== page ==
Topsoil grain size index (GSI) is developed according to field survey of soil surface spectral reflectance and laboratory interpretation of soil grain composition. The grain size index found has close correlation to the fine sand or clay–silt-sized grain content of the topsoil in sparsely vegetated arid land. High grain size index values correspond to the region with high content of fine sand in topsoil or low content of clay–silt grains. The GSI can be simply calculated by:
where R, B, and G are the red, blue, and green bands respectively.
Grain size index value is approximately to zero in the vegetated regions, and a negative value for water body.
3.4- Surface Roughness
Roughness is a parameter that permits us to quantify the variability of a surface. Radar remote sensing is mostly used to determine the roughness of a surface; Radar sends microwaves and measure the power of which the surface reflects them back. Greater backscattering indicates high level of unevenness of a surface. The more the surface is uneven, the higher the roughness parameter is.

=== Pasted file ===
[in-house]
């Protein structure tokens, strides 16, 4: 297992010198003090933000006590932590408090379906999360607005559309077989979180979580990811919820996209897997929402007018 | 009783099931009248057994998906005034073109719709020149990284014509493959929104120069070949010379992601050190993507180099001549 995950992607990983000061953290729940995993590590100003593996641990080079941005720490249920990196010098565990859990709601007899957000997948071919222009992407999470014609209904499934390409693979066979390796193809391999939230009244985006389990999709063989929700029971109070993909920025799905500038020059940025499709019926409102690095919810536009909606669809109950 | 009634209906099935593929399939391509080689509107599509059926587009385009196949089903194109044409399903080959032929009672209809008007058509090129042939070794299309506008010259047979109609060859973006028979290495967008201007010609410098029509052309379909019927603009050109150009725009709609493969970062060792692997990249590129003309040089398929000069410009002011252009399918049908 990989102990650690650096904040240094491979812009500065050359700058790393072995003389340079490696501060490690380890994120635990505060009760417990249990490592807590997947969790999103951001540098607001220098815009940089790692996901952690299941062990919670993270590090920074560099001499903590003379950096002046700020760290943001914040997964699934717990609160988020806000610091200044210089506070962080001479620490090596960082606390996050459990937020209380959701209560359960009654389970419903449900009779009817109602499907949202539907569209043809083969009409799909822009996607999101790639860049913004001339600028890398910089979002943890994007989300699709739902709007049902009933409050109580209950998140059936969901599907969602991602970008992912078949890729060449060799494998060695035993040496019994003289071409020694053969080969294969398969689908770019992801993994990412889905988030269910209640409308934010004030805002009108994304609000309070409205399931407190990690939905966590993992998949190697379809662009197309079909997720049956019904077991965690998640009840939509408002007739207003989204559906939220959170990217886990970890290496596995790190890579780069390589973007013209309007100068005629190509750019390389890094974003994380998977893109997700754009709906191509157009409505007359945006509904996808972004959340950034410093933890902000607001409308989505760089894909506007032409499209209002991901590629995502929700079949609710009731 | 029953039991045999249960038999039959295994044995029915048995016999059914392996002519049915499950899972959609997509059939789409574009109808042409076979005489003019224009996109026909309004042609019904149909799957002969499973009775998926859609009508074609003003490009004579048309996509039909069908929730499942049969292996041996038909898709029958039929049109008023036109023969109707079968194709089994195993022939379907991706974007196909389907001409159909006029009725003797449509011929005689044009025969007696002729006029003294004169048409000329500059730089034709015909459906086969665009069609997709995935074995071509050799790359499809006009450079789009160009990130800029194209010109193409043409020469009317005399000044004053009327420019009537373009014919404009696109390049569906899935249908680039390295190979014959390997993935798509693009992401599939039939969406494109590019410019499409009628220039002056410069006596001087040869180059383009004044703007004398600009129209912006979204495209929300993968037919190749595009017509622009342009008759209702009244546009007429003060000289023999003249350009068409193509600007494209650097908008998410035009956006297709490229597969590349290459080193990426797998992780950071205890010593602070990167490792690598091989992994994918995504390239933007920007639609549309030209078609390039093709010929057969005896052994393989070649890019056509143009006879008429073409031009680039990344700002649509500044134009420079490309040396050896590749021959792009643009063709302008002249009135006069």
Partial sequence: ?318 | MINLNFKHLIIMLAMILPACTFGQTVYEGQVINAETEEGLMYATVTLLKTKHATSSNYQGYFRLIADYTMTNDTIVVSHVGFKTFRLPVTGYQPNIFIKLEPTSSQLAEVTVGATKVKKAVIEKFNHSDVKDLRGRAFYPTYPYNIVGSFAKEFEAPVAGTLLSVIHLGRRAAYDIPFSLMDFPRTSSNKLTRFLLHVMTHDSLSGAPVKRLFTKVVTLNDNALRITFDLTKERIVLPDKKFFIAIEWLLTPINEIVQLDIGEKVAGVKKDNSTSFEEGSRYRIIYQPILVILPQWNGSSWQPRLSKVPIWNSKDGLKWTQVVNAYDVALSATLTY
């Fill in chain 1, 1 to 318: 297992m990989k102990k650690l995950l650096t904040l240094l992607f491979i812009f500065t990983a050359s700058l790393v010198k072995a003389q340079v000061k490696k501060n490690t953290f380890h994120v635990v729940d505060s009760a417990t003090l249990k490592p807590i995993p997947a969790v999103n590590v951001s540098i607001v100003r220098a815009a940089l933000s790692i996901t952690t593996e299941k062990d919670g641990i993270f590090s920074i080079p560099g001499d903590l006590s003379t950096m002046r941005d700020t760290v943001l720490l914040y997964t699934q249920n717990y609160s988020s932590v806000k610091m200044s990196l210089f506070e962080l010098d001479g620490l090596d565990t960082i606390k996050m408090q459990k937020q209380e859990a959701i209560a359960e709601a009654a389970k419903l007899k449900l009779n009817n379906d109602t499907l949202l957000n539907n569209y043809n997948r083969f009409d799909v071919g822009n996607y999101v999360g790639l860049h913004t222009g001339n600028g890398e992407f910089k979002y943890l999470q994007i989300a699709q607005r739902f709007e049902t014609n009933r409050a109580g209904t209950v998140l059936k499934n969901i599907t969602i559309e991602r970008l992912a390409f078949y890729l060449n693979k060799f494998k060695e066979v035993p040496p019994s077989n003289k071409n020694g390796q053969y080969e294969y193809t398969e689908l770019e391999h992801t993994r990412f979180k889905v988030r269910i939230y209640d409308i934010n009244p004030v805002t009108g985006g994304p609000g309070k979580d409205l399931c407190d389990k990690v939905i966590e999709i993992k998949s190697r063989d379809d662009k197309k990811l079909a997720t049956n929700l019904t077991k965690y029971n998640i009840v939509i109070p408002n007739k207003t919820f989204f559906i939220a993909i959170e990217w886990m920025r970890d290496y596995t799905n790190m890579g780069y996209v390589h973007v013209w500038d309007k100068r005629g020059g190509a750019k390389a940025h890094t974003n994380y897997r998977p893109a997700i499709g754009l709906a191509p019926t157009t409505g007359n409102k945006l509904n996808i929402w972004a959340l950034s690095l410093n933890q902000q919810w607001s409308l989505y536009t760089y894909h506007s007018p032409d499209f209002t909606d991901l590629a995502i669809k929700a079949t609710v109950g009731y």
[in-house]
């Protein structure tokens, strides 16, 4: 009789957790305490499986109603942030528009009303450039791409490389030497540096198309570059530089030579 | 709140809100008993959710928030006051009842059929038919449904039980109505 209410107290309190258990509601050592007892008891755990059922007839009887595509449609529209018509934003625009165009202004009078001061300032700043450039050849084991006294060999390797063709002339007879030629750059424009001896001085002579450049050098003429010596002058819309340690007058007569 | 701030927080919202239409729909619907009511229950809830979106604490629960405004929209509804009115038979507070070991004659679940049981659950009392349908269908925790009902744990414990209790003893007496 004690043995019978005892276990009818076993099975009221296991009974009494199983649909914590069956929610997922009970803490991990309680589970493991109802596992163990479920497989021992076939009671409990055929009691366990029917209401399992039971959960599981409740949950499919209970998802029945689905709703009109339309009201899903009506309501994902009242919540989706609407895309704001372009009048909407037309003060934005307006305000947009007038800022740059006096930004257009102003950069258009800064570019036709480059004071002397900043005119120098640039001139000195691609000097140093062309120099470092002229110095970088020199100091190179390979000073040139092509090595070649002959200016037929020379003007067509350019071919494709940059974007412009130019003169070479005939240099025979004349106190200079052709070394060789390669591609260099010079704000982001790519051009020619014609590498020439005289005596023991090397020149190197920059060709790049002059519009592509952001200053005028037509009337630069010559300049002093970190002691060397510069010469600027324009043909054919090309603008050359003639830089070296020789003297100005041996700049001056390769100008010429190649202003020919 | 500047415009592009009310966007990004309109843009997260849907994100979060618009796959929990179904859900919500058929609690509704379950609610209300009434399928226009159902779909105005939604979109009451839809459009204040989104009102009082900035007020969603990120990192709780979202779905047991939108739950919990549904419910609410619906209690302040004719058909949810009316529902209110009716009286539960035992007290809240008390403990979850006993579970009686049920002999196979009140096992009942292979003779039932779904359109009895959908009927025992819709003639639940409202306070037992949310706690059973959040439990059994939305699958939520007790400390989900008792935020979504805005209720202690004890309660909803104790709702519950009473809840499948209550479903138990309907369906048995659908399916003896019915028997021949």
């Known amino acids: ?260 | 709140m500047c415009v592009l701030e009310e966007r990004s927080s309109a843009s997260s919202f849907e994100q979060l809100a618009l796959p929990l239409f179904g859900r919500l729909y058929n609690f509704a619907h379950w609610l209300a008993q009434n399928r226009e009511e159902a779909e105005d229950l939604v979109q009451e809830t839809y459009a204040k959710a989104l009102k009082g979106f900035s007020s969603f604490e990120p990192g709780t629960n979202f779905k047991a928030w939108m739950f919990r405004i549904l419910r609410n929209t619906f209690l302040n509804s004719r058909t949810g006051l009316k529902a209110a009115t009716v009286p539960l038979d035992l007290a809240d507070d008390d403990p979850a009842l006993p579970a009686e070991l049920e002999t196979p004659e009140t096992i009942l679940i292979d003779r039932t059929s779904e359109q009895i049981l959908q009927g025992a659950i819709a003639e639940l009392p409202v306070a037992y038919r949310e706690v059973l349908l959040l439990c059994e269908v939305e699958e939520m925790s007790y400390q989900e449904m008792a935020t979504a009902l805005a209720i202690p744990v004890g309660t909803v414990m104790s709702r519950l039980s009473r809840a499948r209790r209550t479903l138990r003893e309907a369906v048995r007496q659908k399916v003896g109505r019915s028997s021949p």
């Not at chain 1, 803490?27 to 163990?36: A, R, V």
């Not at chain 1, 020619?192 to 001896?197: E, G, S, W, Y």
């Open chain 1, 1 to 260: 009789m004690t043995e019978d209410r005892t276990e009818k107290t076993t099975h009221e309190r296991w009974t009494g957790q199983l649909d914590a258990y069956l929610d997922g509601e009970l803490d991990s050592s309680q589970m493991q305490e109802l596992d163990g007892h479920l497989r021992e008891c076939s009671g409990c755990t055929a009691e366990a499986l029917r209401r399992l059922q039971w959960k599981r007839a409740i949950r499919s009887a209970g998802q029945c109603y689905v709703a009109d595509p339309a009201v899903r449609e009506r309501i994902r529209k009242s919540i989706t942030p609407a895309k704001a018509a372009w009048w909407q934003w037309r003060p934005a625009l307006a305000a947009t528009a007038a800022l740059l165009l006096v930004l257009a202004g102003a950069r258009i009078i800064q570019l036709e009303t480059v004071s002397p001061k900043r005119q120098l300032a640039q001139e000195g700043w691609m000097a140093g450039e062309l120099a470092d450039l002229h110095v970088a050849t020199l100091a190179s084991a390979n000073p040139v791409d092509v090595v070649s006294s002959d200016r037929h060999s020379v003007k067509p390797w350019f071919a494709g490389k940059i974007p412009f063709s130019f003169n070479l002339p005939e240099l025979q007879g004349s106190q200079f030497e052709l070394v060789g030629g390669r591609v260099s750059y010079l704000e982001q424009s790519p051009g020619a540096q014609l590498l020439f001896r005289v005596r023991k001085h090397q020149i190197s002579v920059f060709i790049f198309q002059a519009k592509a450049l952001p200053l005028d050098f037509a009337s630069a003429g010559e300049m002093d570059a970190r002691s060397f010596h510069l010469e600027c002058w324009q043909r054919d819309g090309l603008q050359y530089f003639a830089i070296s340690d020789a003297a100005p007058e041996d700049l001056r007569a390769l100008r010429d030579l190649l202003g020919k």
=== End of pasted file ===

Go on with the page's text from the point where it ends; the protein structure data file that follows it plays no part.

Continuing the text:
Albedo is the portion of light that is reflected by an object compared to the value of light that hits the object; it’s the ratio of reflected light to the incident light. Measuring albedo ranges between 0(none of the incident light is reflected) and 1(all the amount of light is reflected). It is also expressed by percentage.
In the same geographic area, the percentage of albedo may change within the year due to physical phenomena or biases such as clouds in low resolution images. Analyzing this parameter with its tentative and special variations and relating them with other predictable variables provide information on desertification operations. For instance, the albedo of a bare soil decreases (less light reflection) as its water content rises. The albedo of vegetation depends on its land coverage and its chlorophyll’s activity.
Several works require to study the relationship between albedo and desertification (mostly the relation between albedo and variation of vegetation land coverage in arid regions, and the relationship between albedo and climate changes).